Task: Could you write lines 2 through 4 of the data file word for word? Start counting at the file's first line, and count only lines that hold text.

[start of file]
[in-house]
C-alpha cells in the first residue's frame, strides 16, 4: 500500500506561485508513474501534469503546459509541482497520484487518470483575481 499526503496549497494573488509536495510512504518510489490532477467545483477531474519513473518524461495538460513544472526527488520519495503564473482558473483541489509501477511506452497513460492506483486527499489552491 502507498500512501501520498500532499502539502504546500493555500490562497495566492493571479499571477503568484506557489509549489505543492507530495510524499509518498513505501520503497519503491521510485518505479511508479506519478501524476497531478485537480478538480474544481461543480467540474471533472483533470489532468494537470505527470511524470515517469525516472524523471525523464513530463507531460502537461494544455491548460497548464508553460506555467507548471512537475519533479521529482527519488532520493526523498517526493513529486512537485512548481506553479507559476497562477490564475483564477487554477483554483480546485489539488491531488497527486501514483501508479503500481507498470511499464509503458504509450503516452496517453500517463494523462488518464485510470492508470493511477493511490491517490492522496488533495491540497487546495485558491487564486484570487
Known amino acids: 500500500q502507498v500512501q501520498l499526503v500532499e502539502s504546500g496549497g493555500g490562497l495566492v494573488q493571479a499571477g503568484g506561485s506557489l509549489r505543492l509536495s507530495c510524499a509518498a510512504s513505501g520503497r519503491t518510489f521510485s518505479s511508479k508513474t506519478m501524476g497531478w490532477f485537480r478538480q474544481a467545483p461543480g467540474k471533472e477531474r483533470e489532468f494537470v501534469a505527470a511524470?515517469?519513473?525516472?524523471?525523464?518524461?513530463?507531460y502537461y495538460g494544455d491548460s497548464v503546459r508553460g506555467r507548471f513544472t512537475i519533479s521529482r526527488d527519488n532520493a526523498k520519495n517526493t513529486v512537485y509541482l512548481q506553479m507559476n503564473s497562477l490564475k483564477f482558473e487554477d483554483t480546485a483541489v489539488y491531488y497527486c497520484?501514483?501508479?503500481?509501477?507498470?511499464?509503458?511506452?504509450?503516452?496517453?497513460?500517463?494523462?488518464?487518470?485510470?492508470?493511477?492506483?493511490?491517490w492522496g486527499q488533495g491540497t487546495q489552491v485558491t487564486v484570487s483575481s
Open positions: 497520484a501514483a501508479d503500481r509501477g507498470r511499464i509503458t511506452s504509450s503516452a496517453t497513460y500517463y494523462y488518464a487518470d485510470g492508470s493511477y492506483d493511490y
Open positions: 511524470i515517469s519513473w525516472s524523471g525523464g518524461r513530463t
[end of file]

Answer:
C-alpha cells in the first residue's frame, strides 16, 4: 500500500506561485508513474501534469503546459509541482497520484487518470483575481 499526503496549497494573488509536495510512504518510489490532477467545483477531474519513473518524461495538460513544472526527488520519495503564473482558473483541489509501477511506452497513460492506483486527499489552491 502507498500512501501520498500532499502539502504546500493555500490562497495566492493571479499571477503568484506557489509549489505543492507530495510524499509518498513505501520503497519503491521510485518505479511508479506519478501524476497531478485537480478538480474544481461543480467540474471533472483533470489532468494537470505527470511524470515517469525516472524523471525523464513530463507531460502537461494544455491548460497548464508553460506555467507548471512537475519533479521529482527519488532520493526523498517526493513529486512537485512548481506553479507559476497562477490564475483564477487554477483554483480546485489539488491531488497527486501514483501508479503500481507498470511499464509503458504509450503516452496517453500517463494523462488518464485510470492508470493511477493511490491517490492522496488533495491540497487546495485558491487564486484570487
Known amino acids: 500500500q502507498v500512501q501520498l499526503v500532499e502539502s504546500g496549497g493555500g490562497l495566492v494573488q493571479a499571477g503568484g506561485s506557489l509549489r505543492l509536495s507530495c510524499a509518498a510512504s513505501g520503497r519503491t518510489f521510485s518505479s511508479k508513474t506519478m501524476g497531478w490532477f485537480r478538480q474544481a467545483p461543480g467540474k471533472e477531474r483533470e489532468f494537470v501534469a505527470a511524470?515517469?519513473?525516472?524523471?525523464?518524461?513530463?507531460y502537461y495538460g494544455d491548460s497548464v503546459r508553460g506555467r507548471f513544472t512537475i519533479s521529482r526527488d527519488n532520493a526523498k520519495n517526493t513529486v512537485y509541482l512548481q506553479m507559476n503564473s497562477l490564475k483564477f482558473e487554477d483554483t480546485a483541489v489539488y491531488y497527486c497520484?501514483?501508479?503500481?509501477?507498470?511499464?509503458?511506452?504509450?503516452?496517453?497513460?500517463?494523462?488518464?487518470?485510470?492508470?493511477?492506483?493511490?491517490w492522496g486527499q488533495g491540497t487546495q489552491v485558491t487564486v484570487s483575481s
Open positions: 497520484a501514483a501508479d503500481r509501477g507498470r511499464i509503458t511506452s504509450s503516452a496517453t497513460y500517463y494523462y488518464a487518470d485510470g492508470s493511477y492506483d493511490y